Dividend means responsibility

Posted: Monday, October 14, 2002

Alaskans started receiving their dividends last week. The distribution of earnings from the Alaska Permanent Fund is welcomed by young and old, urban and rural. The dividend binds us all together.

Some Alaskans wonder if citizens really understand that the dividend is more than just a handout. It is a return on invested capital. We receive the dividend because pioneering Alaskans opened up state-owned Prudhoe Bay to oil development and prudent Alaskans acted to preserve our oil wealth flowing from public lands by connecting commonly owned assets with each Alaskan's pocketbook.

The dividend is a fantastic technique for getting Alaska's wealth back into the hands of the owners the people. But something has happened since the dividend was first put into place. A new generation has grown up with the notion that the dividend is something they are entitled to just because they live in Alaska.

There has been a significant weakening of the knowledge that defines us as Alaskans. There exists now in our Alaska a weakened civic culture with little sense of what binds us together as unique people of the north.

There is a need to connect the individual with Alaska's common good. Alaskans are more than the sum of their individual self-interests. They are the holders of a rare heritage linked with a special set of values. Northern values. Some citizens assert that it is time for us to re-establish the true nature of the Alaska character. A key aspect of this character is the notion that Alaskans are owners in common of our natural resources. Alaska is indeed an "owner state."

The permanent fund dividend is evidence of this common ownership. We enjoy the financial rewards of ownership, but not the responsibility that goes with it. Re-sponsible owners of wealth understand the importance of being either personally involved in the management of their assets or have full trust in their managers.

Unfortunately, the managers of Alaska's resources (our state government) do not have the full trust of the people. This was shown by the overwhelming rejection of the past proposal to balance the accounts of the state. Is it possible for trust to be restored? Is there a way for the owners of Alaska's resources to participate in deciding what investments must be made in order to get the best return on their assets?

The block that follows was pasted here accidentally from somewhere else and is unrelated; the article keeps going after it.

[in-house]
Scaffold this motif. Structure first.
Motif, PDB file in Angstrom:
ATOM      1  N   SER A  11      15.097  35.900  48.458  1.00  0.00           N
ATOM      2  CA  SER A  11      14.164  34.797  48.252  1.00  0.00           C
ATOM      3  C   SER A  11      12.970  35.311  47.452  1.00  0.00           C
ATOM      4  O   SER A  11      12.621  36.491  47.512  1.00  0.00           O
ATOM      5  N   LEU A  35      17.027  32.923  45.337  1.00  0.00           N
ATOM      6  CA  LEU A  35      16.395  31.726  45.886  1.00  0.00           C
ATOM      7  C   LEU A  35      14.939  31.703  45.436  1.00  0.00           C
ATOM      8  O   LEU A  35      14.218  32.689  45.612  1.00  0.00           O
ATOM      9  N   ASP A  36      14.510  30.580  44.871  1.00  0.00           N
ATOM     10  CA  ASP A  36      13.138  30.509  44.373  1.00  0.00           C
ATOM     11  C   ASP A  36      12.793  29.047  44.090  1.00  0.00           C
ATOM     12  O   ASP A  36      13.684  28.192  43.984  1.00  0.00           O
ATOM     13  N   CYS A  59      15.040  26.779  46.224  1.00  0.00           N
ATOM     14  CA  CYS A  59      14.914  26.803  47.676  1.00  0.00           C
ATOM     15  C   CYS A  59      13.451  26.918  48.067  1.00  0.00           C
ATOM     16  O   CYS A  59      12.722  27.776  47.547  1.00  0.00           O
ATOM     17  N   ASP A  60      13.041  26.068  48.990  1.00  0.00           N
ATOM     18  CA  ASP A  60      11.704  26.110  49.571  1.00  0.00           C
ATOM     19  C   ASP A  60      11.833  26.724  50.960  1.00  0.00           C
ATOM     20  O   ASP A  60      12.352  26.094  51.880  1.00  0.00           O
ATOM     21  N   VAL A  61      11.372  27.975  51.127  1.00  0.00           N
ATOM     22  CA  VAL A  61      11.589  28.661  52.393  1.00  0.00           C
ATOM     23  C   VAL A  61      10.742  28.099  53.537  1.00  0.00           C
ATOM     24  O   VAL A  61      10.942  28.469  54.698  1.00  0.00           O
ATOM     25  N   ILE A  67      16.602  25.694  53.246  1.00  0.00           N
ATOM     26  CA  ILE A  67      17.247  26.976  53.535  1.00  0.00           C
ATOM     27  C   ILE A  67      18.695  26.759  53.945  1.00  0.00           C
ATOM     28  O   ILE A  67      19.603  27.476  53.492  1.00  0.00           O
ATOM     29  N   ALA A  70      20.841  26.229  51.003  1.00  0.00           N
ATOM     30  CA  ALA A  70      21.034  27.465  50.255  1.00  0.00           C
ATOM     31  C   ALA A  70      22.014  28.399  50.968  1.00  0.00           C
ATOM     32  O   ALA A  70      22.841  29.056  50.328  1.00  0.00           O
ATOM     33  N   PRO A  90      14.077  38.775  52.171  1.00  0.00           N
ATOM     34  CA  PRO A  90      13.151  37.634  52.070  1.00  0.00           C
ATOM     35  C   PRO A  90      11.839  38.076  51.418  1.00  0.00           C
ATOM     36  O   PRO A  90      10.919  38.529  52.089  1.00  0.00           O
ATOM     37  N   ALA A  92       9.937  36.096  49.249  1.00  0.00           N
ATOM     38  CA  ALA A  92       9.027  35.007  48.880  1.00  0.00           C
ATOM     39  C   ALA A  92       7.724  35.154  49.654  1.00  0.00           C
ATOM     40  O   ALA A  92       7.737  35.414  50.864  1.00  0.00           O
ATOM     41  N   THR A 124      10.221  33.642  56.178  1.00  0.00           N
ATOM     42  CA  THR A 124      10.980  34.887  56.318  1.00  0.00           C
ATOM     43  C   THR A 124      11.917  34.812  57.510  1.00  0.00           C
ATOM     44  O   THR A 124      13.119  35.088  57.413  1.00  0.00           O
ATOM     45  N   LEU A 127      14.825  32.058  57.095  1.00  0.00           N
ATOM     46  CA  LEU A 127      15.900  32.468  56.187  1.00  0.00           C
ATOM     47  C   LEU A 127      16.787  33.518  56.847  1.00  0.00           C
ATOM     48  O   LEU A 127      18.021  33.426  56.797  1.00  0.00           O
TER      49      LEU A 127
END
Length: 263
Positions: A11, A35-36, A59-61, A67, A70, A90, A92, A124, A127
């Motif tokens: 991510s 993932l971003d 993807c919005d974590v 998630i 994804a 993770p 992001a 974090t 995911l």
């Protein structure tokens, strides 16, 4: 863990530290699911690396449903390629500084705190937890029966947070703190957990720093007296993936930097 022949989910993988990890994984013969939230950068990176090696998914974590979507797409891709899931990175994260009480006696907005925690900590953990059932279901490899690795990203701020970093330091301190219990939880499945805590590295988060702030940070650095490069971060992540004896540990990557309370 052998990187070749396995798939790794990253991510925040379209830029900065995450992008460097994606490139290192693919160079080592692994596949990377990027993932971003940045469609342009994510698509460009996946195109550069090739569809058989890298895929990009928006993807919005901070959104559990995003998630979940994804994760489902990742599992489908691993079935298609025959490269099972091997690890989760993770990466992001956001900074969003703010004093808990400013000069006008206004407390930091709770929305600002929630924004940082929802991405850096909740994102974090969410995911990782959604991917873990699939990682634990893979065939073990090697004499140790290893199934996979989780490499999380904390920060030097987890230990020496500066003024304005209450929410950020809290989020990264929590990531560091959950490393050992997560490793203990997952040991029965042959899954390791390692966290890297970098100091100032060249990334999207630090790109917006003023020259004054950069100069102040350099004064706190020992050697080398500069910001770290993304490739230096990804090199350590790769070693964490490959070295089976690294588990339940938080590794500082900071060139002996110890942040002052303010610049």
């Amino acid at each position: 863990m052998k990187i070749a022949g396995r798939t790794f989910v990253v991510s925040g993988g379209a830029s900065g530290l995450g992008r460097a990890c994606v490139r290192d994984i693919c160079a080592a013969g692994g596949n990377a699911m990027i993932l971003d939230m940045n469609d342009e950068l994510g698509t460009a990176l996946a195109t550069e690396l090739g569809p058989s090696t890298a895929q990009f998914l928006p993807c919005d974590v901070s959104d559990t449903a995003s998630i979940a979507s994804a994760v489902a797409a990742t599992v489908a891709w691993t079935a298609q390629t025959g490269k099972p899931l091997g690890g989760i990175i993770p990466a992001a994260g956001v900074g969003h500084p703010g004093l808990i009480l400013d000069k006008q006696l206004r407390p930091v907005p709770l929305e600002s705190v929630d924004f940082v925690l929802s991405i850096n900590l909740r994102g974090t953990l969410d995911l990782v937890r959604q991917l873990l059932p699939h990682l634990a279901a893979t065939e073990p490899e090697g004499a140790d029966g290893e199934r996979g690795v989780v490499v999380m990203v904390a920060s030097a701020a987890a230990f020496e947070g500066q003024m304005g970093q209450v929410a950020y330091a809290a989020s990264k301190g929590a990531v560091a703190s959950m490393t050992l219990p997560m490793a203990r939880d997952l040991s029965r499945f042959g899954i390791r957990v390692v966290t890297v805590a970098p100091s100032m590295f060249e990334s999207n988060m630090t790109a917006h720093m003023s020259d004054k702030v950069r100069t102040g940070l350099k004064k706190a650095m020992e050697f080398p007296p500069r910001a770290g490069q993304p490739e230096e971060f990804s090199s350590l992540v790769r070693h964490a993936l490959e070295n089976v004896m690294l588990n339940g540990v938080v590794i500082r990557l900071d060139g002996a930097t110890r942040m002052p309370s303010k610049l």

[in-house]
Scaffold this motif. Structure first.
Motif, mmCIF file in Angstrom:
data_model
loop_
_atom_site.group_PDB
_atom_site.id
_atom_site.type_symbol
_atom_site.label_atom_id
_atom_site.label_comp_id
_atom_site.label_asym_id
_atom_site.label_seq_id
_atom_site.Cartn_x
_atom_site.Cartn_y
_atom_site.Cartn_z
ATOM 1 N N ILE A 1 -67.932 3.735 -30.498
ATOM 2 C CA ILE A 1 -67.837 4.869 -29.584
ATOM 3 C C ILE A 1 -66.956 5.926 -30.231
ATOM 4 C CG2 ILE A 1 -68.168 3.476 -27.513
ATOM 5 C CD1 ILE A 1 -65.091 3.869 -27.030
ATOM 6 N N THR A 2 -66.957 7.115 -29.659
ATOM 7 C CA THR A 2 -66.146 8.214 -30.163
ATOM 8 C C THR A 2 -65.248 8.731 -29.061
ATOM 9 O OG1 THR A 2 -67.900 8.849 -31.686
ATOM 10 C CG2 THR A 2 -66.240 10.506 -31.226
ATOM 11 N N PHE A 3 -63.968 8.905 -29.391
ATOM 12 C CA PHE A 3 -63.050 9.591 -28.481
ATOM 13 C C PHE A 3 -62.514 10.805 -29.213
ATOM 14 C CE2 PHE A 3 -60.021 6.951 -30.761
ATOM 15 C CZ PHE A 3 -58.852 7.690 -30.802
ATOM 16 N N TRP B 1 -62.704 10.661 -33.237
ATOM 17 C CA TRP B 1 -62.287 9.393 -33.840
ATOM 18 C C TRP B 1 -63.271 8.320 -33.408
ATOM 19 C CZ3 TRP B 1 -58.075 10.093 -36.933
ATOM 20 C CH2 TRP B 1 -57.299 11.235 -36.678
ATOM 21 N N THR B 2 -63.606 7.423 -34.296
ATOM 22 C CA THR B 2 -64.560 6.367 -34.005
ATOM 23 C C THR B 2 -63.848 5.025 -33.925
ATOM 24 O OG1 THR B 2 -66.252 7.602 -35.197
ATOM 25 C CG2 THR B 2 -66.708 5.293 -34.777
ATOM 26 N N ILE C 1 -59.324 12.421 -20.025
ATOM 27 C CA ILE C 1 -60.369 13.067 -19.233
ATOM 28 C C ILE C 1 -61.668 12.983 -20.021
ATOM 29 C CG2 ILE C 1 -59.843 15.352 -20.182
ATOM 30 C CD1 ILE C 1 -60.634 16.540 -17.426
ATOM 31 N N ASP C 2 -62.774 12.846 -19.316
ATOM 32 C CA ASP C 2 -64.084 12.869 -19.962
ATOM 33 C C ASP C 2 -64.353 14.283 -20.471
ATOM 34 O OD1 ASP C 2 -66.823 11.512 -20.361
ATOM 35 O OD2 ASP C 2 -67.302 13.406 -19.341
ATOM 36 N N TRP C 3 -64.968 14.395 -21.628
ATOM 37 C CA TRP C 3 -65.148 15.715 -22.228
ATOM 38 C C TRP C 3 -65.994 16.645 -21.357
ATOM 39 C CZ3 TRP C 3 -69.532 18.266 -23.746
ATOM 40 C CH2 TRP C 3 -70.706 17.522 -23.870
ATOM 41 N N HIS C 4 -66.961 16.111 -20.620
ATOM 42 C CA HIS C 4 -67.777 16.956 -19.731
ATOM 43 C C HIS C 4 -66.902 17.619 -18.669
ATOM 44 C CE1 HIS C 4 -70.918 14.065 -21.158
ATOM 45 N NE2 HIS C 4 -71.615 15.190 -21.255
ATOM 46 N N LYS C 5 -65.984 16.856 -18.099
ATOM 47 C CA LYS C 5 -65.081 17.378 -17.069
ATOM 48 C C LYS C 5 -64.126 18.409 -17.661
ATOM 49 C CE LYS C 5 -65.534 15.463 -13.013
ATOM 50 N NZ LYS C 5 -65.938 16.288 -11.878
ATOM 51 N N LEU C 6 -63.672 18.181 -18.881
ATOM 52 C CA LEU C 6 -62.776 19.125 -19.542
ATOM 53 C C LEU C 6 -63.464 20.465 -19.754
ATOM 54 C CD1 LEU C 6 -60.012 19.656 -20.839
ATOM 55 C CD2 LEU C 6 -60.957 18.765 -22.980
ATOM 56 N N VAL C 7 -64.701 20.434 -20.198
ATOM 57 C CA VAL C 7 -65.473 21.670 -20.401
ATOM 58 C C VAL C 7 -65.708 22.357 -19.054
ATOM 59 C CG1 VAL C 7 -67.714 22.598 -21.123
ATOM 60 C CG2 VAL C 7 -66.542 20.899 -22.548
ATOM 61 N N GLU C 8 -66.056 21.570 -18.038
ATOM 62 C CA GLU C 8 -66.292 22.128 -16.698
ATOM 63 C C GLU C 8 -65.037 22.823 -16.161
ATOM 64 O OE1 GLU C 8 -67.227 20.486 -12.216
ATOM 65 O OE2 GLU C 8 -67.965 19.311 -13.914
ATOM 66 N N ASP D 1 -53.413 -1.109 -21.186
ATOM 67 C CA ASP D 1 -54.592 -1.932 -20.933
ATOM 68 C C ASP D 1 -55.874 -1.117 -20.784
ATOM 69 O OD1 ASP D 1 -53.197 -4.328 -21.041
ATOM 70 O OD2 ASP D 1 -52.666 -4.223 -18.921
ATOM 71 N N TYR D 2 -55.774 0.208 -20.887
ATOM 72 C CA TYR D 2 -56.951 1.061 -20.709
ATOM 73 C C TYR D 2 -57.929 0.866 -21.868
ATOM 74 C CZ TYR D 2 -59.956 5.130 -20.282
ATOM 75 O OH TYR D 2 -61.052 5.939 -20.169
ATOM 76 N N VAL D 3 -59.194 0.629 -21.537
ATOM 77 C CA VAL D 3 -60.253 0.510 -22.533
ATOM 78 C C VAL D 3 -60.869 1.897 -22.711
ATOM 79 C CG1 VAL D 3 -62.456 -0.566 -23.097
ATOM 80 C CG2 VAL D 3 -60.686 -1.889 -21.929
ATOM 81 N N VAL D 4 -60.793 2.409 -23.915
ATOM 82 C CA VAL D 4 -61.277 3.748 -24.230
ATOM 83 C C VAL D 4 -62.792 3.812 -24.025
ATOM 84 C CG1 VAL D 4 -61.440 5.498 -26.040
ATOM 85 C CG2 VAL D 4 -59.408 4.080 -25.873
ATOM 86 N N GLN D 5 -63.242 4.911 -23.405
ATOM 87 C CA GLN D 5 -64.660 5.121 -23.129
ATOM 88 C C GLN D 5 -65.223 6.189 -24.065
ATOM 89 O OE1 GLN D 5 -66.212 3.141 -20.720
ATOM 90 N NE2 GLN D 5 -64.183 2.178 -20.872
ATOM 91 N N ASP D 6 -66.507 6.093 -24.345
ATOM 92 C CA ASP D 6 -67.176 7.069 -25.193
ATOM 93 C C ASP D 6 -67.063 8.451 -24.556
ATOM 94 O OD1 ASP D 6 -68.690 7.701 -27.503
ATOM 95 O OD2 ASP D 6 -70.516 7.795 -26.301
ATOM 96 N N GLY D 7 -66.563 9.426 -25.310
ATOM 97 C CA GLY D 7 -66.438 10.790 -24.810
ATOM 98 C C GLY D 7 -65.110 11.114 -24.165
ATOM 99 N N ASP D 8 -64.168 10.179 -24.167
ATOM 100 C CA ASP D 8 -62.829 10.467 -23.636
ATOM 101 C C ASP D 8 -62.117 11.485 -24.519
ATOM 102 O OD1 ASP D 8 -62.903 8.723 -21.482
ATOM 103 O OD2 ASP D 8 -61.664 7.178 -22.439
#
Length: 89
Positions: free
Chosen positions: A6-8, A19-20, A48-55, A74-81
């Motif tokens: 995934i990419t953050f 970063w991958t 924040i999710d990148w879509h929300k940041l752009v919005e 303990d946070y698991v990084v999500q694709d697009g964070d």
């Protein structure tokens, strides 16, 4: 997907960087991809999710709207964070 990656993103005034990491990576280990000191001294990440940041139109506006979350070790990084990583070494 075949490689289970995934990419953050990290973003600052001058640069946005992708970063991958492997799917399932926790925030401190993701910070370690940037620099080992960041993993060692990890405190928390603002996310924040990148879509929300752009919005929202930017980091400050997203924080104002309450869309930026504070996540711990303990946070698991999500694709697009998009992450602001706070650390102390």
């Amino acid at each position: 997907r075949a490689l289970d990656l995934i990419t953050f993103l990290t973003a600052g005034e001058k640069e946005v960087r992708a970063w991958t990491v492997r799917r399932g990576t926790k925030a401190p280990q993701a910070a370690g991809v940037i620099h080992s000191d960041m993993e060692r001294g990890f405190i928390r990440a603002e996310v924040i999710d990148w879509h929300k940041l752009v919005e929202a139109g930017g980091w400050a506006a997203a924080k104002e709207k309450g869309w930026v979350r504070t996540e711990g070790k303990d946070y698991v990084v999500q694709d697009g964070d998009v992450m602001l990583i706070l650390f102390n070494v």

The Alaska 2020 initiative has the potential to restore trust between the people and the state. It also provides a way for the owners to actively participate in making asset allocation decisions. However, the effort should be significantly expanded. The next governor could direct all departments to support this civic effort by moving beyond missions and measures to include the notion of a business plan for the owner state.

This business plan would have each department present their proposals for getting the best return on public resources and investments over a multi-year time horizon. Benchmarks would be developed through the Alaska 2020 process. The benchmarks would be a statement of public will defining the quality of life values held by individual Alaskans.

This public discussion will result in development of a strategy for the state that generates the best return on all assets held in common by the owners the people. How can you make sure that the owners will participate in the decision-making process? The Legislature could suspend inflation-proofing the permanent fund and even suspend distribution of the dividend. The funds would be held in trust until the people decide where, as an owner, they want to invest Alaska's assets. This would give real and urgent meaning to the dialogue.

The owners will decide what needs to be done by actively participating in the Alaska 2020 initiative. The results of this great civic discussion would determine the future of inflation proofing, the dividend, taxes, the wise development of our natural resources and the strength of our northern commonwealth. Alaskans would actively exercise the responsibilities of ownership.

So as you are thinking about how to spend your dividend, take a moment to consider whether you are fulfilling your ownership responsibilities. When those who desire your vote come before you, ask for their commitment to a fiscally wise business plan that you, as an owner not just a recipient of a dividend, help put together.

Allen Kemplen represented Anchorage District 16 in the House of Representatives from 1996 to 2000. He continues to be active in civic affairs and owns a consulting business.

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